By Suma Varughese
We continue with the saga of the sathe family (see lead story, september 2010 Sweet_solutions_to_lifes_little_troubles) through a regular column exploring sound solutions to everyday problems
It was dinner-time one sultry November Sunday at the Sathes’. Mom had produced a mouth-watering vegetable and paneer biryani. The flavour was redolent with the smell of fried onions and spices, mingled with coriander and pudina. Ashish was frankly drooling and trying to pick up some of the cashews on top, hoping no one would notice.
Too bad, Alka did and gave him a smart rap on his hand.
But why was no one eating? Oh, oh, that empty chair gave away the answer. Dad was missing.
“I ’m hungry ,” moaned Alka, pretending to fall over into a faint over her plate.
“Where’s dad?” clamoured Ashish for the nth time, craning his neck to check if the said personage was anywhere in sight.
“He’s talking to Ramesh uncle on the phone about politics,” said Mom significantly. Everyone around the table groaned. They knew what that meant. A cold dinner. Dad loved discussing politics with his best buddy, and that too at length.
Ashish kicked Nisha under the table. “Go and get Dad,” he told her. “You are his favourite. He won’t say no to you.”
Nothing loath, Nisha slid out from the table and ran to the study where a voice could be heard holding forth with great fervour.
The family listened as Nisha smoothly took the receiver from her father’s hand and spoke on the phone, “Sorry, uncle,” she said firmly, “but Dad has a date with us, and he is very late…” Down went the receiver. Soon they could hear two pairs of footsteps approaching them.
“Neatly done,” said Ashish approvingly. “The girl is getting quite assertive,” said her mother with delight.
Nisha appeared, leading Dad by the hand. “Sorry, folks,” said Dad, looking shame-faced at the circle of accusing eyes facing him. “I got a bit carried away… Wow, biryani. Let’s eat!”
After the family had sated their first pangs of hunger, the conversation resumed.
Dad had a thoughtful expression on his face. “I must have had that conversation with Ramesh a hundred times at least. And nothing comes out of it ever! The state of our country troubles me, but this is not the way to go.”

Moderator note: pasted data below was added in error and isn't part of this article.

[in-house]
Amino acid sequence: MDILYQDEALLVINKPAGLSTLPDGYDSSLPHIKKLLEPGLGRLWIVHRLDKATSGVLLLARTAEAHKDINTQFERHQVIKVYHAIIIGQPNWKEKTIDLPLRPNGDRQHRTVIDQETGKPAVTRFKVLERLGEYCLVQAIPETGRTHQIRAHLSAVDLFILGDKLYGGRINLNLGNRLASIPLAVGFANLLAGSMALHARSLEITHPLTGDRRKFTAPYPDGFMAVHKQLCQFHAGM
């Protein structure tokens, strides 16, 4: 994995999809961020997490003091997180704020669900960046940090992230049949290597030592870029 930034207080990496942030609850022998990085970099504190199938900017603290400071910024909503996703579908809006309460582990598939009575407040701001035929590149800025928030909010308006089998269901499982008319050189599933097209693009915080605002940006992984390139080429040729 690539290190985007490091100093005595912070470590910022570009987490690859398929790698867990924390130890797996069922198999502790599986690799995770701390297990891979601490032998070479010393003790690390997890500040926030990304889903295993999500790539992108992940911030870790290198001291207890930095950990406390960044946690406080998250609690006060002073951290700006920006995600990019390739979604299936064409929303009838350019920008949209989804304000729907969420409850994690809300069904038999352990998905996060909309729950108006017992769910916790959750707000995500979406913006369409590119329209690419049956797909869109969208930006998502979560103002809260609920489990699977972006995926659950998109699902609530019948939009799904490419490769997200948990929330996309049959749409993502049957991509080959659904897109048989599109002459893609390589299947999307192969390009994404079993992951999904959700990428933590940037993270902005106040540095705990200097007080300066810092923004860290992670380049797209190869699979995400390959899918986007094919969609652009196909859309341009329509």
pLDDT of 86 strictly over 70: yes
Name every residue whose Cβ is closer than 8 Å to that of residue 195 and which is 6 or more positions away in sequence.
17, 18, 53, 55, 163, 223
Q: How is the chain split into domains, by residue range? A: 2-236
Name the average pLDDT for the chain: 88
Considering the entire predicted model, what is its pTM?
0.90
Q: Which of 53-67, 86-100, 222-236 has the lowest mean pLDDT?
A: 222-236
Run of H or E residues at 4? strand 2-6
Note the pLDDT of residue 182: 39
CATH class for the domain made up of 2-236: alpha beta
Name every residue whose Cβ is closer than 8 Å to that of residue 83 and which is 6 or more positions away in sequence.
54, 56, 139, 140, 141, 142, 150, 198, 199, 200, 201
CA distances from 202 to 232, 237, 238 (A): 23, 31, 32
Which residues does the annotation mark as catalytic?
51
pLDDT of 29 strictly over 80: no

Ajoba put his left hand gently on his son’s right arm. “Why not discuss something you can change?”
“Yes, like getting the society people to sort out the garbage into wet and dry heaps, or trying to get more buses for our area. Earlier, we used to have a bus every 10 minutes. Now we have to wait for half an hour,” said mom.
Dad brightened “You are right, baba,” he said.
Ajoba continued. “Stephen Covey, the man who wrote about the Seven Habits, talked about two circles – the Circle of Concern and the Circle of Influence. The Circle of Concern relates to all the stuff that interests us and bothers us – the Commonwealth Games, the Babri Masjid issue, the corruption in society, or SRK’s six pack. Obviously this is far bigger than the Circle of Influence which nests within it for it relates to what we can do something about.”
He added, “The more we stay in our Circle of Influence the bigger it gets and if we stick with it, it can soon get closer and closer to our Circle of Concern.”
Dad looked fascinated, “You mean if I focus on issues I can do something about, I may get to a place where I can influence national politics?”
“If that is what you want. How did Gandhi get to where he was? He started out protesting against discrimination in South Africa and he ended up getting our country its freedom.”
“Hey, dad,” said Ashish slyly, looking at his father’s excited face, “Better get your Gandhi topi ready!”
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